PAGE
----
Left to our own devices

War in Ukraine and now Israel. Economic stress. Joblessness. Political uncertainty. Family instability. Homelessness. Rising crime and declining education levels. Unprecedented rates of anxiety and depression. Suppression of free speech and the free exercise of religion. There's no doubt the world we live in is a mess. We might well ask, "How in the world did we get here?"

But how we answer that question is likely to reveal something deeper about us. Here's what I mean: If we tally the deterioration of our society in other people's columns, it's likely an attempt to evade any responsibility for the state of things ourselves. It's an us-vs-them proposition. "They" are the reason things are so bad, and "they" have to be stopped. We're the unsung heroes, the good guys that somehow didn't win.

If we say that things aren't actually much worse than they've been -- but just more visibly so -- we maintain some sense of reassurance. We can applaud ourselves for being honest, if not for being good. We can do our best to minimize the impact we feel and hope that our neighbors do the same. And if they don't, we can push them to the peripheries of our social circle, or beyond it.

If we exaggerate how bad things are and question anyone's ability to do anything about them, we can justify doing nothing. We don't have to put ourselves out there and risk anything for anyone else if we manage to convince ourselves that nothing will come of it. Instead, we can stock up for the siege and hunker down.

But if we allow that question, "How did we get here?" to bounce around our own hearts for a while, we might have the courage to answer it a bit differently. We might come to the realization that what we have is what we get when we're left to our own devices. And that at some level, every one of us has chosen to opt out of what God has asked of us. We're afraid to "get involved" in something that isn't "our business." So instead of bringing the light we have received to others, we bury our fathers, inspect our fields, and attend to our own families.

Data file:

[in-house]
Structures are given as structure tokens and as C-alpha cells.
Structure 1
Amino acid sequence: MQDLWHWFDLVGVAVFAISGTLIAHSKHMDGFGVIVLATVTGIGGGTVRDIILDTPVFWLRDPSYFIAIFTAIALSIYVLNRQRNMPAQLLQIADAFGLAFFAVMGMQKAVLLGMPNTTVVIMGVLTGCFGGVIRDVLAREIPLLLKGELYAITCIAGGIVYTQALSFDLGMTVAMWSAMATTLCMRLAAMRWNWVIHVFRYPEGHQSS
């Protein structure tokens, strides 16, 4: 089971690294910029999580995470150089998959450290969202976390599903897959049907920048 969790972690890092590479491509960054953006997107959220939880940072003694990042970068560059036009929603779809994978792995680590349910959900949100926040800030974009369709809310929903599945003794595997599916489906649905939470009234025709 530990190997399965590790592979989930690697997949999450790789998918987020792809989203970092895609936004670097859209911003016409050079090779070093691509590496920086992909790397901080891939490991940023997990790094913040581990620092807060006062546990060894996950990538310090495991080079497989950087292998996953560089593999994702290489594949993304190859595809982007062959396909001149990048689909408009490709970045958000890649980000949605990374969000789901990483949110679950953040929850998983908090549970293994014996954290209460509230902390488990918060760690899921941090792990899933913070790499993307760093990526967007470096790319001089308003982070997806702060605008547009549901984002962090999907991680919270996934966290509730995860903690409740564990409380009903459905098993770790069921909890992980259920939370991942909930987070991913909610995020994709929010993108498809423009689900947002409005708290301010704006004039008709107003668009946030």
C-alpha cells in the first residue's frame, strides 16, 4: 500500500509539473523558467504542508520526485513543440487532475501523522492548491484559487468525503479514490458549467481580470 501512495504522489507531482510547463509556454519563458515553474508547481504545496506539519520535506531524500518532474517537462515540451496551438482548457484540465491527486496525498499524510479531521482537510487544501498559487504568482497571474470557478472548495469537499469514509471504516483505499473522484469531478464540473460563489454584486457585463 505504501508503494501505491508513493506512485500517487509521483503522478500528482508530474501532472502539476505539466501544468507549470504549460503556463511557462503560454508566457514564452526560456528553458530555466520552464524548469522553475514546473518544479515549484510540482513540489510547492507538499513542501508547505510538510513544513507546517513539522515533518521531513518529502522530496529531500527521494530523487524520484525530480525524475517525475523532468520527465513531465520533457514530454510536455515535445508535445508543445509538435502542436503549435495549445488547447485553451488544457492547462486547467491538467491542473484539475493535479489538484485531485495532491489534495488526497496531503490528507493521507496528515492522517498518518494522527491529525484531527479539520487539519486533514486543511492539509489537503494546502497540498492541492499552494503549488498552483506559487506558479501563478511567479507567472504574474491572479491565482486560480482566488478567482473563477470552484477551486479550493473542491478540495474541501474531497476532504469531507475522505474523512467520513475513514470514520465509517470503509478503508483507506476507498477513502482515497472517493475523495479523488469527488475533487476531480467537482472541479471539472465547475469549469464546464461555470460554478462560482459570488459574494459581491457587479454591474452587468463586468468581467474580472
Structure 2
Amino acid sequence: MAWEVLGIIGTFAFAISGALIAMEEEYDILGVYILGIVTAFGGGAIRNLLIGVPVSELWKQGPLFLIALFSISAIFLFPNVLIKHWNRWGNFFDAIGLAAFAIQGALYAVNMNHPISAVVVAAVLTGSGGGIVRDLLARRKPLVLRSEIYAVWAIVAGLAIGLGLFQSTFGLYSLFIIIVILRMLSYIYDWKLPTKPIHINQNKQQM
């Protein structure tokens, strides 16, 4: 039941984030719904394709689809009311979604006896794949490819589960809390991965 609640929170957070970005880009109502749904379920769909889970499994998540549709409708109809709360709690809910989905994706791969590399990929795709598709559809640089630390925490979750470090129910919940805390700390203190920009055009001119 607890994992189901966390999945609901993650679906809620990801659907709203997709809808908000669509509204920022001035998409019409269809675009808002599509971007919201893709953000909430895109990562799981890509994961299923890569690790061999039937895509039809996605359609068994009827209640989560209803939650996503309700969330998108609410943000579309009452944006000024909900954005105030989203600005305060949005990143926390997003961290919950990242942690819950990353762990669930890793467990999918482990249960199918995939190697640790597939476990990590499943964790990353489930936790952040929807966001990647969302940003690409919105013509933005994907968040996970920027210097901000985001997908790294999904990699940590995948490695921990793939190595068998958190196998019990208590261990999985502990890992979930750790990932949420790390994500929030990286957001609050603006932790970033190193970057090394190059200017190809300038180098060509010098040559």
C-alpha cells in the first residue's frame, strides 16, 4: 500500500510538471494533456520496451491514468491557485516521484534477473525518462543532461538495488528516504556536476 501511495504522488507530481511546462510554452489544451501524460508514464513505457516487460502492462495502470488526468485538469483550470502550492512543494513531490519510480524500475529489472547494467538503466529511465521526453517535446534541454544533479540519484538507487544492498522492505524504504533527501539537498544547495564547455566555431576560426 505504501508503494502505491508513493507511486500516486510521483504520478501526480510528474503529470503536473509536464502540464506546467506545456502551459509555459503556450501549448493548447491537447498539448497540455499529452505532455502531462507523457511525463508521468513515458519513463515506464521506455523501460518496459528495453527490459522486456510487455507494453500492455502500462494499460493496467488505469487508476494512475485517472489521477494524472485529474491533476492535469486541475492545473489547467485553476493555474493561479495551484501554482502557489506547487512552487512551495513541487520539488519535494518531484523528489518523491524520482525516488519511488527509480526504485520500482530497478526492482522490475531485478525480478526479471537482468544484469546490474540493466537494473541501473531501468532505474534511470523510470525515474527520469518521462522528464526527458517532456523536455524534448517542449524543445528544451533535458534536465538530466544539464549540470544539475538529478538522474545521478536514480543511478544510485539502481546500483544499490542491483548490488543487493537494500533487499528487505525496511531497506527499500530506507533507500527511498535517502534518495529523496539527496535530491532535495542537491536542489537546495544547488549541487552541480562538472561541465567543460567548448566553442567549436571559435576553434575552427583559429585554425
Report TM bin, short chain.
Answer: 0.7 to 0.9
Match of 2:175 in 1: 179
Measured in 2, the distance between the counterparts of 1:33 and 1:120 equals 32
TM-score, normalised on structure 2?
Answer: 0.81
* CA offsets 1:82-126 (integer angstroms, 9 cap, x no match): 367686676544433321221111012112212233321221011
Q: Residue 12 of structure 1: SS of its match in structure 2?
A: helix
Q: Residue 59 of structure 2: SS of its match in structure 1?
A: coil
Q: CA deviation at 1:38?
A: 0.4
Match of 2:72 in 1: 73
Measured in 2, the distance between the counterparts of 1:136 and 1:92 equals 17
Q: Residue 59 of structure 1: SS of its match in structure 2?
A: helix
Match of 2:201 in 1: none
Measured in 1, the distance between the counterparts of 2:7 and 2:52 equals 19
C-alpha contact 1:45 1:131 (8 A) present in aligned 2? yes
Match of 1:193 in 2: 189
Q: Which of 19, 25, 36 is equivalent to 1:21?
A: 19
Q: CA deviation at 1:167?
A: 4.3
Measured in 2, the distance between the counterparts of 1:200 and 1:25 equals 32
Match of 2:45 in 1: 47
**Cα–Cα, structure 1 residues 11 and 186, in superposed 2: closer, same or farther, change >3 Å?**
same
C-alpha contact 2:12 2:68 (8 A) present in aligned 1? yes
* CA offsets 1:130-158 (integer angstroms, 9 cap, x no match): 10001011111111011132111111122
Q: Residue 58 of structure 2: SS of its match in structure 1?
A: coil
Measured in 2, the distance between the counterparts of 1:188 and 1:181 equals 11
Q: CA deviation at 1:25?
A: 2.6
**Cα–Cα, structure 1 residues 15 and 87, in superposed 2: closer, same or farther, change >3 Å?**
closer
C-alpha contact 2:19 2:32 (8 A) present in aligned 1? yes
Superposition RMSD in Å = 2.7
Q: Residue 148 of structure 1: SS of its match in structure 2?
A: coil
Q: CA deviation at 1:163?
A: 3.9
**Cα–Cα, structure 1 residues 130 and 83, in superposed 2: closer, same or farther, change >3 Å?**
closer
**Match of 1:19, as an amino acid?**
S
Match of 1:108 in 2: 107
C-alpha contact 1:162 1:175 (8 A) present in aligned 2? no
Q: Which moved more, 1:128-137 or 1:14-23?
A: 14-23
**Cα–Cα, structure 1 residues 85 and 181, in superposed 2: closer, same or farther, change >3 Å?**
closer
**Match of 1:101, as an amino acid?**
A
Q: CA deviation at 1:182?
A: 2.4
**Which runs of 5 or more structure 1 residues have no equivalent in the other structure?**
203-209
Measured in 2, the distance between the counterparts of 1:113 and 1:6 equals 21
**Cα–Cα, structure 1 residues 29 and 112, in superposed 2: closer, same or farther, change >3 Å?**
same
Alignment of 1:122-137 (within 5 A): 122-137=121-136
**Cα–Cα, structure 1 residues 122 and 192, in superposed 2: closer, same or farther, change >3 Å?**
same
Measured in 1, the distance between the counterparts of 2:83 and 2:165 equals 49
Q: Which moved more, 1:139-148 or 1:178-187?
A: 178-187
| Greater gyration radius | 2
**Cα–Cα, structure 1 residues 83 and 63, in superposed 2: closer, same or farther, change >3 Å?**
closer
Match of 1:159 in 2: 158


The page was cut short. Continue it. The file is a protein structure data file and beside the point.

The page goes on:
While those things aren't bad in and of themselves, they serve as ready-made excuses for not engaging the larger world around us. If we don't want to be tainted by the world, we refuse to live in the world. We leave everyone to their own devices, despite the fact that we all know where that leads.

"Salus animarum suprema lex esto" that is, "the salvation of souls must be the supreme law" of the church. When we see those around us heading for hell with unbridled exuberance, we must do what we can to stop them. When those close to us make choices we suspect may harm or even destroy them, we should quietly warn them. Intercessory prayer certainly has a role here. But it ought not be the only thing we Christians do when someone is two steps away from throwing himself over a cliff.

And yet, we must keep something at the forefront of our minds. Most of us aren't much better than the people who are messing things up, if we are at all. Things might be different if we were in charge, but perhaps no better. We flatter ourselves if we think otherwise.

We are all sinners. And we must act as if we are well-aware of that fact. We can help others to find salvation only when we are focused on finding it for ourselves. It's easy to say that the church is a hospital for sinners. But I don't know anyone who wants to go to a hospital where no one gets well. We must be made new.

The answer is total surrender, total reliance on God. We cannot solve anything by our own human efforts. Our own devices have brought us to where we are, and they cannot save us. Only the sanctifying power of the Holy Spirit can, and he does that one soul at a time.

- Jaymie Stuart Wolfe is a Catholic convert, wife, and mother of eight. Inspired by the spirituality of St. Francis de Sales, she is an author, speaker, and musician, and provides freelance editorial services to numerous publishers and authors as the principal of One More Basket. Find Jaymie on Facebook or follow her on Twitter @YouFeedThem.